In the foregoing specification, specific embodiments of the present invention have been described. However, one of ordinary skill in the art appreciates that various modifications and changes can be made without departing from the scope of the present invention as set forth in the claims below. Accordingly, the specification and figures are to be regarded in an illustrative rather than a restrictive sense, and all such modifications are intended to be included within the scope of present invention. The benefits, advantages, solutions to problems, and any element(s) that may cause any benefit, advantage, or solution to occur or become more pronounced are not to be construed as a critical, required, or essential features or elements of any or all the claims. The invention is defined solely by the appended claims including any amendments made during the pendency of this application and all equivalents of those claims as issued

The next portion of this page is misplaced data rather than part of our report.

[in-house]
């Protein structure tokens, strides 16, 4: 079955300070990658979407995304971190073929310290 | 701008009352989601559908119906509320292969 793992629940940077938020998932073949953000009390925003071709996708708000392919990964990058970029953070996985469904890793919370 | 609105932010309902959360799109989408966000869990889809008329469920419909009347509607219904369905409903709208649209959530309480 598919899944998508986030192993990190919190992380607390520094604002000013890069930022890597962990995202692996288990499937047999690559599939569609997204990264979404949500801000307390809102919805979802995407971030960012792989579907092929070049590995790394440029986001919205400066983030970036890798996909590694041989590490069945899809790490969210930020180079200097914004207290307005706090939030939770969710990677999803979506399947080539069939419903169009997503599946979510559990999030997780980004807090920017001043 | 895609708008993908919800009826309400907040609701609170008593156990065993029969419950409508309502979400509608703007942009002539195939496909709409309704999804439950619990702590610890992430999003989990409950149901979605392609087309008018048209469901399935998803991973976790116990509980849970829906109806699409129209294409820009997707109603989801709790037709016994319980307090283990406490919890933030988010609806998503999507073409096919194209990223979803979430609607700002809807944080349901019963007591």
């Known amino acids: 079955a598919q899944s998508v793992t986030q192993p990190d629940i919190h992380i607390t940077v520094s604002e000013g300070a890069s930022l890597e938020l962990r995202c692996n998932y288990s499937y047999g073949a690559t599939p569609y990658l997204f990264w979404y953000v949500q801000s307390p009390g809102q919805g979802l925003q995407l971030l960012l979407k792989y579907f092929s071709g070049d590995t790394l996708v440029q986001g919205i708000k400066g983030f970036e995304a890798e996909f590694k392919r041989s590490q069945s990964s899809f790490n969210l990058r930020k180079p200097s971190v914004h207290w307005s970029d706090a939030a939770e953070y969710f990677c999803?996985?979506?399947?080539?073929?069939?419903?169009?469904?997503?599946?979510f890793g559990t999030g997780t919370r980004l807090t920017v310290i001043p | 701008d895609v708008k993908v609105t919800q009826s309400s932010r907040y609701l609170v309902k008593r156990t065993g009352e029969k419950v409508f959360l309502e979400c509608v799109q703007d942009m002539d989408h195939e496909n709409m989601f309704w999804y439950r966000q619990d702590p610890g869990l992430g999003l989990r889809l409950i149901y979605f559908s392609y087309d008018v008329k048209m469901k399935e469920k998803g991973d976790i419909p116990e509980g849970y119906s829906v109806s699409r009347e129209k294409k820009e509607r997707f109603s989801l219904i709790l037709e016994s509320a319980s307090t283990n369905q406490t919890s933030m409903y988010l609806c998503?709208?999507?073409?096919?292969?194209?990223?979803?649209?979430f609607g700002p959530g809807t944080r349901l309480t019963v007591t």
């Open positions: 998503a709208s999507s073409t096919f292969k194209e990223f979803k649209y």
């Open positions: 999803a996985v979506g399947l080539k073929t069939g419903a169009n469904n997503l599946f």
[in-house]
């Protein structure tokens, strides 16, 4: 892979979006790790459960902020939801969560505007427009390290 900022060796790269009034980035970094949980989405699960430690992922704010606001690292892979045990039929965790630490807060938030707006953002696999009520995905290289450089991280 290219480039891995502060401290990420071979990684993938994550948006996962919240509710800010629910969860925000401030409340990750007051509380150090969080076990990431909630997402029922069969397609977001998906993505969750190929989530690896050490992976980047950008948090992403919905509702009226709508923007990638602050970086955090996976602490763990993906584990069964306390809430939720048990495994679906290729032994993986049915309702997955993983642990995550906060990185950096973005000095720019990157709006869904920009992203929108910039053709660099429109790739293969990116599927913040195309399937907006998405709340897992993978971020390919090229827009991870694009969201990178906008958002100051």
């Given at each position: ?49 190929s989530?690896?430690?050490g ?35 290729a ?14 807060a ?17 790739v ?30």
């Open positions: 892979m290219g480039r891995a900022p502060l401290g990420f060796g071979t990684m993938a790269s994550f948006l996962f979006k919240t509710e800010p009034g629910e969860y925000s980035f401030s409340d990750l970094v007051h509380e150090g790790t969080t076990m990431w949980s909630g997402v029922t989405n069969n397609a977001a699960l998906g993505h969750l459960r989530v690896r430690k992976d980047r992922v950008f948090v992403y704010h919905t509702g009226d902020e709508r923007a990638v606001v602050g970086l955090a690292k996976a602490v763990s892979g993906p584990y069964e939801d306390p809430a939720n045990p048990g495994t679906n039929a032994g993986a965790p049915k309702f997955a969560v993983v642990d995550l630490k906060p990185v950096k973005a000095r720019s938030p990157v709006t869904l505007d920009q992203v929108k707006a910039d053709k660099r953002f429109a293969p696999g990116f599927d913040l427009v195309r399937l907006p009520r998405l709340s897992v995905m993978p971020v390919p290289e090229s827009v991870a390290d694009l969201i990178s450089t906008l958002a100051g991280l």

Claims (26)

We claim:
1. A low profile optical lighting assembly for use in an outside vehicular mirror comprising:
at least one light source mounted to a first side of a printed circuit board (PCB) so as to project light through a gap in the PCB to a second side of the PCB, wherein the light source has a height extending from the first side;
a lens optic device positioned on the second side of the PCB from the at least one light source and separated from the light source, wherein the lens optic device is configured to receive light from the light source and spread the light over an aperture larger than the gap, the aperture corresponding to at least one indicia;